Haisla Nation supports LNG development

The following letter was publicly posted on 15 March 2018 by the Haisla First Nation, a couple of days after it was sent to BC Green Party leader Andrew Weaver: 

A recent blog post by BC Green Party leader Dr. Andrew Weaver criticized the LNG industry, and the government for promoting it. Building an LNG industry in Haisla territory has been a priority for Haisla Nation Council for years, and Chief Councillor Crystal Smith has offered a rebuttal to Weaver’s perspective.

Dear Dr. Andrew Weaver

There’s one aspect of your essay, Dr. Weaver, (‘It’s time politicians level with British Columbians about LNG’, February 28, 2018) where we certainly agree; that, fundamentally, decisions around resource development absolutely must include partnership of First Nations.

In Kitimat, which is in Haisla Territory that has been the case with the LNG industry, including with LNG Canada, a company you reference in your post.

The Haisla Nation has been working closely with LNG proponents for more than a decade now, toward the purpose of seeing a project built which will bring welcome investment to communities in the north.

While I acknowledge that I am not, myself, a scientist, Haisla Nation Council relies on the amazing technical work that has gone on behind the scenes, including the ongoing efforts by our own Lands and Fisheries departments which work every day to maintain and protect our environment.

Meanwhile, our ongoing struggle has been dealing with outside interests which seem to have a better idea than us of what we should do. Dr. Weaver, you’re not the first person who has broadcast ideas from a comfortable seat in the province’s south, claiming what is in our interests.

We do not need to remind you about the history of racism, residential schools and lost opportunities First Nations have experienced in this province. In our community, our biggest concerns are jobs for our people, educating our youth, dealing with mental health and suicide, and preserving our nation’s language and culture with our elders.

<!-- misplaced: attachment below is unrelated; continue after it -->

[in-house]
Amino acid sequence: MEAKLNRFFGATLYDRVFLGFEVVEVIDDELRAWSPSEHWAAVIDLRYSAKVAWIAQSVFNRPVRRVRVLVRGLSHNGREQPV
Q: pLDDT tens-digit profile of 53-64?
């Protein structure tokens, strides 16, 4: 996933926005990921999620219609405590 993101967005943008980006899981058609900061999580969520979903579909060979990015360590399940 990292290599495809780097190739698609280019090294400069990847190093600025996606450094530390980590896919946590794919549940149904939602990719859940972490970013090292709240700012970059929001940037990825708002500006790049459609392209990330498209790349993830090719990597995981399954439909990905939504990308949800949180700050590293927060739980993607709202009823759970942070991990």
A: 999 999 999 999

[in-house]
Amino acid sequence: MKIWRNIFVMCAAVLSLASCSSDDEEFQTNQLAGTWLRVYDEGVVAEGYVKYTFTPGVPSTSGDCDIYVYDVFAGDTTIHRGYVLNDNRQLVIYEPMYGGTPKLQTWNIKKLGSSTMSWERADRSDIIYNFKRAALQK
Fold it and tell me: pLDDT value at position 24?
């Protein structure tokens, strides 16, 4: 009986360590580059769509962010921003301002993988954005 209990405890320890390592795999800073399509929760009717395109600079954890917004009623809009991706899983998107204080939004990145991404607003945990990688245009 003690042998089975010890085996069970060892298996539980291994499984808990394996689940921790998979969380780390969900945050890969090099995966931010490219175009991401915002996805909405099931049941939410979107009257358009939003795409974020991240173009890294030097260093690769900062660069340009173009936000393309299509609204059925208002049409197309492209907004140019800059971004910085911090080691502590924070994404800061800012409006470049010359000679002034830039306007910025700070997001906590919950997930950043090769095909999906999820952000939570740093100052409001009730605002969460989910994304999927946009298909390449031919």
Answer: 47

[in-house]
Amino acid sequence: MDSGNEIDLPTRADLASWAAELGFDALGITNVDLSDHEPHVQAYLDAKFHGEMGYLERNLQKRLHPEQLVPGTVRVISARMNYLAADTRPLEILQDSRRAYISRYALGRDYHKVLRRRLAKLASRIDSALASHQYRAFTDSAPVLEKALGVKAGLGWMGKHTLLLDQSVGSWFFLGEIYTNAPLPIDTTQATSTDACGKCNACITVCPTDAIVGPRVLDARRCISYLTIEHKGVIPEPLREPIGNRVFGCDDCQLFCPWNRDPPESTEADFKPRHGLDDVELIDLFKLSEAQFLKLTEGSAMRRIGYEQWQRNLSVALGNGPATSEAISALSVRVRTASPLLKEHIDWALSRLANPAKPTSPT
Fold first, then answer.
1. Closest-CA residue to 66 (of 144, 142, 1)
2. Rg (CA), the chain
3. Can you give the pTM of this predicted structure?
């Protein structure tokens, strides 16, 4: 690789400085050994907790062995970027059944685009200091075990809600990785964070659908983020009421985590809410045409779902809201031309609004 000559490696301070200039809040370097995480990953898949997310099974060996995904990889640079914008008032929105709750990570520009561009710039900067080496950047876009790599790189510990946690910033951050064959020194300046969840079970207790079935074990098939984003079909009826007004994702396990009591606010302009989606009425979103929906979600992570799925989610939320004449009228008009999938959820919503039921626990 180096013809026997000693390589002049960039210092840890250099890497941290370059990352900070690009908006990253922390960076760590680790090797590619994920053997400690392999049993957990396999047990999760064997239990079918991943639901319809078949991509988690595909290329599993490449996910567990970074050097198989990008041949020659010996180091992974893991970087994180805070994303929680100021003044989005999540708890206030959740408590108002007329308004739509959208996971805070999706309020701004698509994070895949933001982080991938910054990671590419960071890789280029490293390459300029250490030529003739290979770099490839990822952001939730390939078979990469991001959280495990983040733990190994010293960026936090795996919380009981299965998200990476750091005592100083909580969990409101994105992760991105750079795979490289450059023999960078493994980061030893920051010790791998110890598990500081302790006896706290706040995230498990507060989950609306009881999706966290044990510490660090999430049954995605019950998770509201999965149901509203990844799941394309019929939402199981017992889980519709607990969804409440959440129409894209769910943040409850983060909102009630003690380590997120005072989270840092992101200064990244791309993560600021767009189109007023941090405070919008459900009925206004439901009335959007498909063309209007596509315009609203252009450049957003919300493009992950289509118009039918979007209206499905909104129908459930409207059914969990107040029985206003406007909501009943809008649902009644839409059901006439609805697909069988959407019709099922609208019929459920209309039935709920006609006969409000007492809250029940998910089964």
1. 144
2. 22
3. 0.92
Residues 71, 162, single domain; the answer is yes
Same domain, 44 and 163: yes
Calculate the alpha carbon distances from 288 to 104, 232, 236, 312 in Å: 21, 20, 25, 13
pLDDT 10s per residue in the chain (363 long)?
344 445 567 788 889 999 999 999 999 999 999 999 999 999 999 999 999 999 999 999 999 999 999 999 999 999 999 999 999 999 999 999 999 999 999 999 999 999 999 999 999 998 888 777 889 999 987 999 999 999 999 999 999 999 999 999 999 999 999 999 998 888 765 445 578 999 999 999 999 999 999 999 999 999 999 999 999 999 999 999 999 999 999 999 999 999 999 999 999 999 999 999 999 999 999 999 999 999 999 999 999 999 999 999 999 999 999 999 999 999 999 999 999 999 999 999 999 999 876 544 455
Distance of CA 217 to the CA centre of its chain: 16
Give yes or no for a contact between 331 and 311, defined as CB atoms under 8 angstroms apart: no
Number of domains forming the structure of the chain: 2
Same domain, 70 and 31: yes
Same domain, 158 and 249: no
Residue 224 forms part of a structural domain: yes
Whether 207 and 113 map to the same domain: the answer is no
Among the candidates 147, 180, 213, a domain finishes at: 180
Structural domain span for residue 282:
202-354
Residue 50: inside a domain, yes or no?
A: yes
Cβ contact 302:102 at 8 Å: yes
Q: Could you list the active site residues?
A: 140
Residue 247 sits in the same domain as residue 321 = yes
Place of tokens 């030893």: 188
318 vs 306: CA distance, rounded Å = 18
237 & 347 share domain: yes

From your essay, your advice to your students includes using their purchasing power to send a signal against high greenhouse gas emitting products. Well, during LNG projects’ early works in Kitimat, a large amount of our combined purchasing power was thanks to LNG projects and the work they provided, as well as the major upgrade of the local aluminum smelter.

For Haisla members in particular, it was through that local employment that opportunities arose, including the ability to buy new vehicles or homes, and even having access to training and post-secondary courses.

There’s enough “you should” statements directed at the North. Whether you accept it or not, LNG is a promising industry for us and has already provided millions of dollars of benefits through their early works.

Unlike others who think the answer is simply ‘no’ to development, we believe in balance between the economy and the environment. Projects can be built right. A project like LNG Canada provides the right balance for us, being a potential major employer and the lowest CO2 emitting LNG facility in the world.

We’ve spent more than a decade speaking with LNG proponents to emphasize what’s important to us in our communities and we’ve enjoyed the debate which has led us to today.

Dr. Weaver, we invite you to visit our northern communities, meet with Haisla Nation Council, and understand who we are and what we stand for in a face-to-face conversation. Those who propose to invest in our communities have made that effort. We’d be happy for the BC Green Party to do the same.


Crystal Smith
Haisla Nation Council
Chief Councillor

(Chief Crystal is also a member of the board of directors of our First Nations LNG Alliance.)


















(Posted here 17 March 2018)